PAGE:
Nunavut’s MP moves from health to environment
National Inuit org heaps praise on Aglukkaq, Conservative cabinet shuffle
Prime Minister Stephen Harper gave Nunavut MP Leona Aglukkaq a new job July 15 and relieved her of an old one, when he named her minister of the environment, a post previously held by Thornhill MP Peter Kent.
At the same time, Edmonton-Spruce Grove MP Rona Ambrose becomes the national health minister, a post that Aglukkaq had held since October 2008.
Aglukkaq retains ministerial responsibility for the Canadian Northern Economic Development Agency and the Arctic Council.
In reaction, Terry Audla, the president of Inuit Tapiriit Kanatami, praised the Conservative government’s cabinet shuffle, which Harper’s office announced mid-morning July 15.
“I’m pleased to see Leona Aglukkaq as the new minister of the environment, CanNor, and the Arctic Council. We worked very well with minister Aglukkaq when she was health minister, and look forward to working with her as minister of the environment,” Audla said in a statement.
Audla said he “would like to thank” ex-Environment Minister Peter Kent for his support on issues like the EU seal ban and for successfully opposing the uplisting of the polar bear at the CITES gathering in Thailand earlier this year.
Of the other federal departments that affect Nunavut, Harper put new bosses in charge of some and kept old bosses in charge of others.
Here’s a short rundown:
• Aboriginal Affairs and Northern Development: Bernard Valcourt holds on to the AAND portfolio;
• Finance: Jim Flaherty stays put;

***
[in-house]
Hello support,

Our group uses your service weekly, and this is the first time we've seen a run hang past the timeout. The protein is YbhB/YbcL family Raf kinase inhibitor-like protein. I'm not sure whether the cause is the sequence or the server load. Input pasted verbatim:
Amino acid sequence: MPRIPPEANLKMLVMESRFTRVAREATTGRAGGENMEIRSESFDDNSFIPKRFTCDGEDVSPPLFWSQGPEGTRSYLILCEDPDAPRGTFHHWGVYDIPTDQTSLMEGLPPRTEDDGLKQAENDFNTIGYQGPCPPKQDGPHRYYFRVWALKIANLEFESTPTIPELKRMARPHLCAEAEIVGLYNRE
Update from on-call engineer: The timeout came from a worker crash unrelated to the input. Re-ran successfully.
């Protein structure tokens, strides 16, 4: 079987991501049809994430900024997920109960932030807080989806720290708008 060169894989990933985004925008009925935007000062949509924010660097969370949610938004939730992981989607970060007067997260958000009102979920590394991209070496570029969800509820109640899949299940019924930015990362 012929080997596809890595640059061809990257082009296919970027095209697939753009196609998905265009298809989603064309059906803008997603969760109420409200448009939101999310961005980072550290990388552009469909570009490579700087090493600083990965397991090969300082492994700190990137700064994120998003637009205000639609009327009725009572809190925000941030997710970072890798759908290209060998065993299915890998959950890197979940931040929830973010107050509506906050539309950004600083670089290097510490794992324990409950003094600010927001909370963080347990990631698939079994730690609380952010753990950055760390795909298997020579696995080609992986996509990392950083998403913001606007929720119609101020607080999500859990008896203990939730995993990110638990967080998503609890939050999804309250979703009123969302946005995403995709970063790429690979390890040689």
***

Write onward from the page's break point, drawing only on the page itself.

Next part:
• Fisheries and Oceans: Gail Shea succeeds Keith Ashfield and regains a portfolio she held between 2008 and 2011;
• Employment and Social Development: this is the new name for the department that used to be called “human resources and skills development” or “HRD” — Jason Kenney replaces Diane Finley;
• Justice: Peter MacKay replaces Rob Nicholson;
• National Defence: Rob Nicholson replaces Peter MacKay;
• Transport: Lisa Raitt replaces Denis Lebel;
• Heritage Canada: Shelley Glover replaces James Moore.
Audla’s statement heaped praise on other Conservative ministers, including Moore, Shea, Valcourt and Kenney.
“I hope minister Kenney will be touring the Arctic soon to see how these issues are vitally important to the future of our largest population — Inuit youth who make up more than 50 percent of our communities across Inuit Nunangat,” Audla said.
Nunavut premier Eva Aariak chimed in with a somewhat less effusive statement than ITK’s, saying she noted the July 15 cabinet shuffle “with interest.”
And she also said Aglukkaq’s new job could be good for Nunavut.
“As a Nunavummiutaq, she will bring an Arctic perspective to the issues of climate change, pollution of our oceans and the need to balance economic development with environmental protection. We are hopeful that this new role will contribute to the impact minister Aglukkaq can have as chair of the Arctic Council.
“On behalf of the Government of Nunavut, I congratulate all of the new ministers and look forward to continued collaboration with the federal government on issues of mutual interest and concern to Nunavummiut,” Aariak said.